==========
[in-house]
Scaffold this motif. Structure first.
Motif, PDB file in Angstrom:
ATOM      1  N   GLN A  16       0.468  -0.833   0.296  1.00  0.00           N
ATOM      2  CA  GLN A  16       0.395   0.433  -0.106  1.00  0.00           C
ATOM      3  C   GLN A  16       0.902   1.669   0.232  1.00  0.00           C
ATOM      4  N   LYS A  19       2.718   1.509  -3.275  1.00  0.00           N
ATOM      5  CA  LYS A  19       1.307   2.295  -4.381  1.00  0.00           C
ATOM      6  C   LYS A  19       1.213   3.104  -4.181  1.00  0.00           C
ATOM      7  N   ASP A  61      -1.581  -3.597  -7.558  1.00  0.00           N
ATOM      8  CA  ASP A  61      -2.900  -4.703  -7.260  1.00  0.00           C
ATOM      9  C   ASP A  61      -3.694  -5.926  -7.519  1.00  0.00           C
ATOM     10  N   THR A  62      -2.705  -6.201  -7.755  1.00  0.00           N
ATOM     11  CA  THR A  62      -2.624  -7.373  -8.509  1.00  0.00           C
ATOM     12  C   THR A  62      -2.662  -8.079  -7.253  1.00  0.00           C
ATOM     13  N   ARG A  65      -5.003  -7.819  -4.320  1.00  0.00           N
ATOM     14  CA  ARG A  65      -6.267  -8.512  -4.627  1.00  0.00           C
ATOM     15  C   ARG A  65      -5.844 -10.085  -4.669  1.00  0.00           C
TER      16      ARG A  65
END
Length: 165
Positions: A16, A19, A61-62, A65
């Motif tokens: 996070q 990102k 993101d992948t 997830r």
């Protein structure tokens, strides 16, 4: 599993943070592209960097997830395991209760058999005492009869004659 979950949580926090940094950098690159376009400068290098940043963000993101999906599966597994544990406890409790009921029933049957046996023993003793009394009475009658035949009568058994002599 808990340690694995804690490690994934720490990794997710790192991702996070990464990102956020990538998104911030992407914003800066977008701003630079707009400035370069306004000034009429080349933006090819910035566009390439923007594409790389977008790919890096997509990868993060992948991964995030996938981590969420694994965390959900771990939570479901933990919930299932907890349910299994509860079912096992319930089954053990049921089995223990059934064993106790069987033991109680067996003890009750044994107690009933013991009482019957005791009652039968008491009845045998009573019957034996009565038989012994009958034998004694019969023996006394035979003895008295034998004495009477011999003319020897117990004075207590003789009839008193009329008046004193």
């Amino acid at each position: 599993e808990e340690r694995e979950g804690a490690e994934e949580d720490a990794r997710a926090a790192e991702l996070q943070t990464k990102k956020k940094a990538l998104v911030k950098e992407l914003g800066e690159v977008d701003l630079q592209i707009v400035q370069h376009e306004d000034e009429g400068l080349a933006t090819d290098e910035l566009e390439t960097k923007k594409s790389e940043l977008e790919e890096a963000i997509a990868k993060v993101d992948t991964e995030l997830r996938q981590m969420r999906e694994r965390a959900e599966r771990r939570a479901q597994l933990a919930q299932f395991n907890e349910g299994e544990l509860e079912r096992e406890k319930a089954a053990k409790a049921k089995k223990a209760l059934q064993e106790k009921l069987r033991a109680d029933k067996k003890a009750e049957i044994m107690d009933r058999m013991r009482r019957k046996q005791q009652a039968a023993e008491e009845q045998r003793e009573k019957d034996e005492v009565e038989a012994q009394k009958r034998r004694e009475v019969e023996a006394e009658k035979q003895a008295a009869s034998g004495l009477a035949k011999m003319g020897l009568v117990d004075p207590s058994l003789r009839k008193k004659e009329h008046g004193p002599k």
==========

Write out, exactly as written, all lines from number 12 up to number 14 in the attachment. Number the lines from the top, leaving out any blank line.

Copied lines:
ATOM      9  C   ASP A  61      -3.694  -5.926  -7.519  1.00  0.00           C
ATOM     10  N   THR A  62      -2.705  -6.201  -7.755  1.00  0.00           N
ATOM     11  CA  THR A  62      -2.624  -7.373  -8.509  1.00  0.00           C